Assange, who is Australian, on Wednesday lost a bitter legal battle to block his being sent from Britain to Sweden to face questioning over allegations of rape and sexual assault.
Two judges at the High Court in London rejected arguments by the 40-year-old, whose anti-secrecy website has enraged governments around the world, that his extradition would be unlawful.
Assange, a former computer hacker, now has 14 days to take the case to the Supreme Court, the highest legal authority in Britain.
His legal counsel Geoffrey Robertson called on the Australian government to step in. "I think Canberra may have to do something about it," he told the Australian Broadcasting Corporation.
"It's got a duty to help Australians in peril in foreign courts. It didn't do anything for David Hicks and that was something of a disgrace," he added, referring to the Australian formerly detained at Guantanamo Bay.
"As far as Julian Assange is concerned, Sweden doesn't have bail, doesn't have money bail for foreigners, so he's likely to be held in custody."
Robertson added that he does not believe the WikiLeaks founder, who has previously blasted Canberra for not doing enough to protect him amid the fallout from the leaks, will face a fair trial in Sweden.
"He's going to be tried in secret, and this is outrageous by our standards and by any standards," he said.
Assange has strongly denied the rape allegations, claiming they are politically motivated and linked to the activities of WikiLeaks. He has been under virtual house arrest since he was first detained in December.
He has expressed fears that his extradition to Sweden would lead to his transfer to the United States to face charges of spying linked to the leaking of classified military documents by US soldier Bradley Manning.
"We are, I think, most concerned to put at rest his danger of going to America and facing charges under the Espionage Act that could take years in prison," said Robertson, a renowned human rights campaigner.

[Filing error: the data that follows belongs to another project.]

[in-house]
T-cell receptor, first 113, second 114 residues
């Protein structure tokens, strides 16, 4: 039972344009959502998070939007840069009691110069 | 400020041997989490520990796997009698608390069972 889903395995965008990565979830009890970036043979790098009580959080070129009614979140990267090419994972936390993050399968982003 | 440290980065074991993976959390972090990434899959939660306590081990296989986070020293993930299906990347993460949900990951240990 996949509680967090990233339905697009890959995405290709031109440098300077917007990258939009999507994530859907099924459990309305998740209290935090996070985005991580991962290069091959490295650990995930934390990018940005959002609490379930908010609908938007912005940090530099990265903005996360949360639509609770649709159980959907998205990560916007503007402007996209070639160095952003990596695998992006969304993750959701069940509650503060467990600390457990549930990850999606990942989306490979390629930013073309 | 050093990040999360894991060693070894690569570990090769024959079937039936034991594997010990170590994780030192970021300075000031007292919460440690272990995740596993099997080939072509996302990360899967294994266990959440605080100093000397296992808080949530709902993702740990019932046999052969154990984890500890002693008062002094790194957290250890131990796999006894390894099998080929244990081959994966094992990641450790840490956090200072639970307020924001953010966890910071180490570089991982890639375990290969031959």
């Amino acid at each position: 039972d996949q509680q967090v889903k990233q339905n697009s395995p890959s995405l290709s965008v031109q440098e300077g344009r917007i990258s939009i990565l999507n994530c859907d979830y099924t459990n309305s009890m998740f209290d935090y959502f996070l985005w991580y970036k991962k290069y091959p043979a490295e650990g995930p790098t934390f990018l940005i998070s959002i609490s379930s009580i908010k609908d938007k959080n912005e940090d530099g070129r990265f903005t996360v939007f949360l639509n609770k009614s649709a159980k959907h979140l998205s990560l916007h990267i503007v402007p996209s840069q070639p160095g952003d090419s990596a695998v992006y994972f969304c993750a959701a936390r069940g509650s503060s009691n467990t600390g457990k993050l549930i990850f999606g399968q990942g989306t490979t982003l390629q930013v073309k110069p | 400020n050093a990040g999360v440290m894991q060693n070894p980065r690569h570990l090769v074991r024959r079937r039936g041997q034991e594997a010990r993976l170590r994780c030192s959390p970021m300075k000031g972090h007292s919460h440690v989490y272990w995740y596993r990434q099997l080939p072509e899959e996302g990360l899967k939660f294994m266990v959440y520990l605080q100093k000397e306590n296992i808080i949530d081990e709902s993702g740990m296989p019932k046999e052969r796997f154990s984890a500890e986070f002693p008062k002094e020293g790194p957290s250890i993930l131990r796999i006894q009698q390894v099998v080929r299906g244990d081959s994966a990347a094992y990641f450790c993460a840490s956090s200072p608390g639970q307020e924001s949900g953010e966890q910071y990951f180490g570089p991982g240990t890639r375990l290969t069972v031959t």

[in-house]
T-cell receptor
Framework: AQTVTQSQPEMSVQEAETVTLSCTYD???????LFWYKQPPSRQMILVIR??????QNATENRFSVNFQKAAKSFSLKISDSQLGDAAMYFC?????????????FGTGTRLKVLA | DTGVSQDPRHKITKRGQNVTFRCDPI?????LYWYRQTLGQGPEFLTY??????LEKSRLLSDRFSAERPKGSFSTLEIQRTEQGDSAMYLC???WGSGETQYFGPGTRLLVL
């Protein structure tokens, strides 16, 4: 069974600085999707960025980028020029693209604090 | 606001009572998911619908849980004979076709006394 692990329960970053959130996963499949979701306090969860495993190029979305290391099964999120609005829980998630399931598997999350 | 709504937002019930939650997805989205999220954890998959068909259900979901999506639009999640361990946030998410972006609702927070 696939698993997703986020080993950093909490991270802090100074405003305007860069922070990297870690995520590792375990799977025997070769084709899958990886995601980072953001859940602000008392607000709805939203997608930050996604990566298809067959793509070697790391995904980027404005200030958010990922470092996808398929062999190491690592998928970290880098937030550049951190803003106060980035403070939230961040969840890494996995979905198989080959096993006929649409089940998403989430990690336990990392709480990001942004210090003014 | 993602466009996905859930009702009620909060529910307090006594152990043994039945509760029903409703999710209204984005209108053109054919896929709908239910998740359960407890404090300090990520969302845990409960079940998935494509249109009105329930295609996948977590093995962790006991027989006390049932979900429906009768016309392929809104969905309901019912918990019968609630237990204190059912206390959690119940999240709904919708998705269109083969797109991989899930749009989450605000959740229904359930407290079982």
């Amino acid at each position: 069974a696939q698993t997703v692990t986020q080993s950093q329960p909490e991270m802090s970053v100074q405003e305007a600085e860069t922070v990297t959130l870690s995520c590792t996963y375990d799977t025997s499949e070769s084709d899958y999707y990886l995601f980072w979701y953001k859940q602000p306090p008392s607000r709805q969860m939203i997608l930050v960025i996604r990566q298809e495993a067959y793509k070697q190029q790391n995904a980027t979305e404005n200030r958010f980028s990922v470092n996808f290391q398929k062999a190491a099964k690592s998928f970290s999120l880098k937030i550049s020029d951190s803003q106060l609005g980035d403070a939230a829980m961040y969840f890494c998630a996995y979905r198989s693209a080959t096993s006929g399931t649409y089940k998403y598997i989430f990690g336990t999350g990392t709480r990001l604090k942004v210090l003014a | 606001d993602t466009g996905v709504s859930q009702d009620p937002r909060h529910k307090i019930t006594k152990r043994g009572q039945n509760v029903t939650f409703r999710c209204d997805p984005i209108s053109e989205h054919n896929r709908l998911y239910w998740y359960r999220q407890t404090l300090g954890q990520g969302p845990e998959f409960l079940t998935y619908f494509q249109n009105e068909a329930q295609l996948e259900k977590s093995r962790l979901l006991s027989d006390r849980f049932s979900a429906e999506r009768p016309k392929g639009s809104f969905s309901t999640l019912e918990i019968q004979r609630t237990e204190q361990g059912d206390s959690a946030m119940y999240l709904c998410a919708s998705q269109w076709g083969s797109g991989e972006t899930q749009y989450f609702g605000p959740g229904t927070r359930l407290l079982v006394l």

Assange's mother told Australian media she believes her son would go to Sweden voluntarily to fight the charges provided the Australian government brokered a deal to ensure he will not be extradited to the US.
Christine Assange said Canberra should follow its own diplomatic and legal advice that her son was in "clear and present danger" and seek written guarantees he would not be sent on to the US.
"If that was to take place I believe Julian would go to Sweden and not resist it. His concern is that he'll be rendered on," she said.
She added that her son had been "crucified for doing what he was brought up to do".
"I brought my son up to tell the truth, to believe in justice. He was brought up to believe he lived in a democracy and to right any wrongs that he saw... Now I believe that's not true."
A spokesman for Foreign Minister Kevin Rudd told AFP the government would continue to provide Assange with full consular support.
He added: "The government has made it clear to the UK and Swedish government our expectation of due process, but Australia cannot directly intervene in legal processes of other countries."